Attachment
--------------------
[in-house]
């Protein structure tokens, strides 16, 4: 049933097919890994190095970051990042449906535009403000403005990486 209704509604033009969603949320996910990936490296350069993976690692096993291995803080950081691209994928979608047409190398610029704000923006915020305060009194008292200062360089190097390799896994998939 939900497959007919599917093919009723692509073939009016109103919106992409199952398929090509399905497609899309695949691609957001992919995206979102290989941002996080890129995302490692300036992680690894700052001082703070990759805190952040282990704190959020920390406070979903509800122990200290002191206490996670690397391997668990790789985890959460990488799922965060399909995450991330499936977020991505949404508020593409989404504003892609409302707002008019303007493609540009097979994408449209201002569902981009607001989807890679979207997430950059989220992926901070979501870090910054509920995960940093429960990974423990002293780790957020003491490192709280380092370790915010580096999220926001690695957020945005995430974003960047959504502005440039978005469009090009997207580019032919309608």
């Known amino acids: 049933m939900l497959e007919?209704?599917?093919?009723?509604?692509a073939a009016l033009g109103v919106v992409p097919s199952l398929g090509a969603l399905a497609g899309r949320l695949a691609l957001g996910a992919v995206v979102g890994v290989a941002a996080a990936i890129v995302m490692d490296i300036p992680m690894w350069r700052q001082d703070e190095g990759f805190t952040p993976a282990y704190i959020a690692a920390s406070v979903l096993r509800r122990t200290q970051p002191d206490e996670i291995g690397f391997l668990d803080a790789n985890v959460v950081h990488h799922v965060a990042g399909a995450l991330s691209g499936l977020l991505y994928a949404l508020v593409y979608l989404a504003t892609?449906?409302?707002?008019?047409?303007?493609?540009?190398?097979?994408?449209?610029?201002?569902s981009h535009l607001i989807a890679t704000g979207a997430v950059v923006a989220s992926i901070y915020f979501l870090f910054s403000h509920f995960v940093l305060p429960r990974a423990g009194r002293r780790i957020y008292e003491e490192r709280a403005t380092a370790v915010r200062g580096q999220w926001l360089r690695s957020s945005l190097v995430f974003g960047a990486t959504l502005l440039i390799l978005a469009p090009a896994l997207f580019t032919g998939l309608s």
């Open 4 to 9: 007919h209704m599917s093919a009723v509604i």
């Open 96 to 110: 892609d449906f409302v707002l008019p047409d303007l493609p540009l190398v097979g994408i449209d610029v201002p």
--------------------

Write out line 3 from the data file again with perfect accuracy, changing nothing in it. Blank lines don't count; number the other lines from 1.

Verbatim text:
């Known amino acids: 049933m939900l497959e007919?209704?599917?093919?009723?509604?692509a073939a009016l033009g109103v919106v992409p097919s199952l398929g090509a969603l399905a497609g899309r949320l695949a691609l957001g996910a992919v995206v979102g890994v290989a941002a996080a990936i890129v995302m490692d490296i300036p992680m690894w350069r700052q001082d703070e190095g990759f805190t952040p993976a282990y704190i959020a690692a920390s406070v979903l096993r509800r122990t200290q970051p002191d206490e996670i291995g690397f391997l668990d803080a790789n985890v959460v950081h990488h799922v965060a990042g399909a995450l991330s691209g499936l977020l991505y994928a949404l508020v593409y979608l989404a504003t892609?449906?409302?707002?008019?047409?303007?493609?540009?190398?097979?994408?449209?610029?201002?569902s981009h535009l607001i989807a890679t704000g979207a997430v950059v923006a989220s992926i901070y915020f979501l870090f910054s403000h509920f995960v940093l305060p429960r990974a423990g009194r002293r780790i957020y008292e003491e490192r709280a403005t380092a370790v915010r200062g580096q999220w926001l360089r690695s957020s945005l190097v995430f974003g960047a990486t959504l502005l440039i390799l978005a469009p090009a896994l997207f580019t032919g998939l309608s």